Flying over the Cuckoo's Nest

One would think that enough has been said about Harvey the Hutt, Kevin Spacey, and the general debauchery that is Hollywood and the halls of American power, but I find myself amazed that a couple of issues still remain unsaid, unexplored, and therefore unsettled.

I am, for one, amazed and horrified that we are amazed and horrified. This realization hit me a few evenings ago when we turned on the TV and decided to start watching a series we had recorded, but had never turned on.  It’s a series ironically called Good Behavior. Halfway through the first episode we were hit with a sex scene between two total strangers. The main character, a young woman, knew only one thing about her partner –- that he had been hired to kill a man’s wife –- an interesting resumé bullet point. The sex scene was long and extremely athletic –- almost violent. I’ve never thought of myself as a prude, but I had to turn away; I couldn’t watch it all.

It was then I realized the irony. Most movies these days include a sex scene (and this show we were watching was only a TV series meant to be viewed in one’s living room, presumably while the children slept a few doors away). I wonder if these actors and actresses have to do specific auditions for those parts, and I wonder why we’re all exercised over the sexual demands of movie producers and directors when we, as an audience evidently demand the voyeur’s equivalent on the screen.

Why are we all feigning surprise that those who produce a product that is only a hair’s breadth (pardon the comparison) from pornography, are busy being pornographic themselves? Why do we expect a producer to treat his leading “ladies” like ladies when these women are willing to let the whole world watch them writhe nakedly about a tangled bed, groaning and grimacing, faking orgasms while inventing new and astounding yoga poses? 

I’m not speaking out in defense of Weinstein or Spacey or any of these sex-obsessed people; what they have been doing is indefensible. Nor am I pointing accusing fingers at the actors and actresses -– I’m not implying a direct correlation between the metoo’s and involvement in sexual screen moments. What I am saying is that the American public bears some of this guilt. We are willing to pay money at the theaters to watch such scenes –- almost always played out between characters barely known to each other. Have you ever seen a rambunctious, passionate sex scene between married characters? Of course not –- evidently the stranger-danger element is a prerequisite.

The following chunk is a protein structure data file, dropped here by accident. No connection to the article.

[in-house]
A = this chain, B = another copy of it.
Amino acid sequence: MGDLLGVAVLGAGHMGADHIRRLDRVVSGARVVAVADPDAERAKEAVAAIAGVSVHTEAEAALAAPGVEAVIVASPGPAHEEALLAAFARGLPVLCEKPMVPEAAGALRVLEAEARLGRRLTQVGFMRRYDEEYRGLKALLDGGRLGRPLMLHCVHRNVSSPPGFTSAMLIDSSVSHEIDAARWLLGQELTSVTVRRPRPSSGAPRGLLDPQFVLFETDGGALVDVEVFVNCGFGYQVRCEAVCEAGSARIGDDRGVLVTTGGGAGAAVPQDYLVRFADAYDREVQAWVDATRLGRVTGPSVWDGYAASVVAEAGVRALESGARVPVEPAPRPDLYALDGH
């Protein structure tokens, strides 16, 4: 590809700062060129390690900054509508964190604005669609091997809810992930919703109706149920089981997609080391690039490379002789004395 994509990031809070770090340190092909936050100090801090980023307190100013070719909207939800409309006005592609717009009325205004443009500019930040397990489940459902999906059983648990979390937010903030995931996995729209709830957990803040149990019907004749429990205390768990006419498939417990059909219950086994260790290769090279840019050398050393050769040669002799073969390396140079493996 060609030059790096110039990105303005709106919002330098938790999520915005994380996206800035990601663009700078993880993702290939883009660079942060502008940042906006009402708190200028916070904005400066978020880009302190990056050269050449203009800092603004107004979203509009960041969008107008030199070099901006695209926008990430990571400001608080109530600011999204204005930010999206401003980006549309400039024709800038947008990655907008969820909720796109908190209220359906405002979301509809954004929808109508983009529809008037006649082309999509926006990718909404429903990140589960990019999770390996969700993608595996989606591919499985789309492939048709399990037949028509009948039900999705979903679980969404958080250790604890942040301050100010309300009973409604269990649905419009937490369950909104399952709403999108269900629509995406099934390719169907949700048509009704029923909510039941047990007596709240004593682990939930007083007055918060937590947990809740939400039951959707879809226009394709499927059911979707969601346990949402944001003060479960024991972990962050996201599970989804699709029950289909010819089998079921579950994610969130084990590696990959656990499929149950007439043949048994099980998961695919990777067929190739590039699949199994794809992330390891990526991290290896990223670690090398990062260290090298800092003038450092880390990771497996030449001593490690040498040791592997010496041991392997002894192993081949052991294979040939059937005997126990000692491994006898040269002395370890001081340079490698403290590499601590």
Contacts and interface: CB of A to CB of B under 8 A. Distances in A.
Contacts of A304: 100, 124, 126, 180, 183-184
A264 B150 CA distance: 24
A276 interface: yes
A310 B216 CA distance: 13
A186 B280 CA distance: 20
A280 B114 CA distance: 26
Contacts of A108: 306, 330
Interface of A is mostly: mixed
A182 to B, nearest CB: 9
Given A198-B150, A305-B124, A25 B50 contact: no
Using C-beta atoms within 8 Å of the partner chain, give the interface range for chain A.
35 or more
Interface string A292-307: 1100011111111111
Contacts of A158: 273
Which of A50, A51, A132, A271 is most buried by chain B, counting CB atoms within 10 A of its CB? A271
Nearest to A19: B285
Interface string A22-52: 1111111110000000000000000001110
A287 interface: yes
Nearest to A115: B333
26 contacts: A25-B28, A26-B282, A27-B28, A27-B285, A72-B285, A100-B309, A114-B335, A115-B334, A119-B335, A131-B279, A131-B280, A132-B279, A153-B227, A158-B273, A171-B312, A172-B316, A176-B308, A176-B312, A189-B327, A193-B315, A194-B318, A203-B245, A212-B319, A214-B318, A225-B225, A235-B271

Back in the June 1967 issue of Esquire magazine Tom Wolfe published an essay titled "Pornoviolence" in which he decried the latest trend in the movie/TV business -- an almost pornographic need for violent scenes. He was right even though his examples were shows like Gunsmoke (!). Now, we not only have the required expenditure of thousands of rounds of ammunition, we have full-on torture scenes. Back when Wolfe wrote this article, television shows couldn’t/wouldn’t have shown a man and woman in bed together, let alone engaged in anything openly sexual. The fact is that Hollywood has made a fortune feeding the American public in a manner similar to the way Roman Caesars fed their constituencies –- with sex and blood.  How is it that we are nonplused by those, who produce such entertainment, choosing to partake themselves? And buried in our national psyche is the notion of the casting couch -– it’s never been a secret that many a starlet became a star while in a horizontal position.

Granted Weinstein is no romantic figure –- repulsive, even -- so I can grasp the revulsion, but note that the complainants got what they were after.

On the other hand, Kevin Spacey is an attractive man, but gees –- 14-year-old boys?!  But then, who was feeding their children into the Hollywood maw? Where were the parents? It’s no wonder that child stars so often have tragic ends if this is what they’re exposed to. And yet we all love movies featuring attractive youth –- at what cost to those kids?

Secondly, I’m concerned about overkill. The Metoo campaign is understandable, but it’s blowing the abuse balloon up so tightly that is going to pop and the whole mess will just vanish.

For one thing, we have defined down sexual harassment to mean any unwanted advances at all.  Now that’s a given when children are involved –- any overture is out of line. But between two adults? Come on now. The level of harassment and outrage seems directly proportionate to the unattractiveness of the man making the advances. I get that –- even a leering look from the likes of Harvey Weinstein would be offensive –- but we women are making a big mistake if we make a mountain of even a giant molehill.  If everyone piles on, the hysteria serves as a smokescreen that obliterates the actual rape incidents and makes any kind of justice impossible.

Basically, women just want to be treated like ladies. Children should be treated like the precious future that they are. But that gets me back to my original point –- that if women are willing to act otherwise, and do so for the whole world to watch, we shouldn’t be surprised at the result. If parents are willing to leave their children in the hands of rich, self-indulgent, powerful people, then we shouldn’t be surprised at that result, either. More importantly, we need to check our own appetite for sexual material on the screen.  We need to be less willing to see movies featuring child actors. That’s a tough prescription, but what do we value more –- entertainment or decency, respect, and safety for our children? We’ve been enjoying flying over the cuckoo’s nest – we shouldn’t be so horrified to find that it’s being run by crazy, dangerous people.

Deana Chadwell is an adjunct professor and department head at Pacific Bible College in southern Oregon.  She teaches writing and public speaking.

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